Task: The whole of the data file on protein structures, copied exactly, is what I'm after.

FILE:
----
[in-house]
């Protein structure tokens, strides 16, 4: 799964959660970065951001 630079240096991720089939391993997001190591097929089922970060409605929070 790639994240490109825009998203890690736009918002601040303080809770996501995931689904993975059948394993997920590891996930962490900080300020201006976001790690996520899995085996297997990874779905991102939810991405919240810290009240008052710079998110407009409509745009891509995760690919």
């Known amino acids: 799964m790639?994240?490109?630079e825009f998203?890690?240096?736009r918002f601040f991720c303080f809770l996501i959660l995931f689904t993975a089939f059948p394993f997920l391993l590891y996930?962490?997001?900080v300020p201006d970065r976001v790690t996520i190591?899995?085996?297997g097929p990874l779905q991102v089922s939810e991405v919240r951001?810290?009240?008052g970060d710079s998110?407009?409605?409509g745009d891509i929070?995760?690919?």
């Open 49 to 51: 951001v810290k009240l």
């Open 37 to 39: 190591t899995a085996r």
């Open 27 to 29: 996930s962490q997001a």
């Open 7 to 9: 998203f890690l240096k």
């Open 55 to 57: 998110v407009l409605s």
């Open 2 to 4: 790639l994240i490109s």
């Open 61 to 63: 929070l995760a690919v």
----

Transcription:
[in-house]
């Protein structure tokens, strides 16, 4: 799964959660970065951001 630079240096991720089939391993997001190591097929089922970060409605929070 790639994240490109825009998203890690736009918002601040303080809770996501995931689904993975059948394993997920590891996930962490900080300020201006976001790690996520899995085996297997990874779905991102939810991405919240810290009240008052710079998110407009409509745009891509995760690919």
């Known amino acids: 799964m790639?994240?490109?630079e825009f998203?890690?240096?736009r918002f601040f991720c303080f809770l996501i959660l995931f689904t993975a089939f059948p394993f997920l391993l590891y996930?962490?997001?900080v300020p201006d970065r976001v790690t996520i190591?899995?085996?297997g097929p990874l779905q991102v089922s939810e991405v919240r951001?810290?009240?008052g970060d710079s998110?407009?409605?409509g745009d891509i929070?995760?690919?």
């Open 49 to 51: 951001v810290k009240l």
């Open 37 to 39: 190591t899995a085996r």
């Open 27 to 29: 996930s962490q997001a």
């Open 7 to 9: 998203f890690l240096k």
């Open 55 to 57: 998110v407009l409605s």
């Open 2 to 4: 790639l994240i490109s």
């Open 61 to 63: 929070l995760a690919v």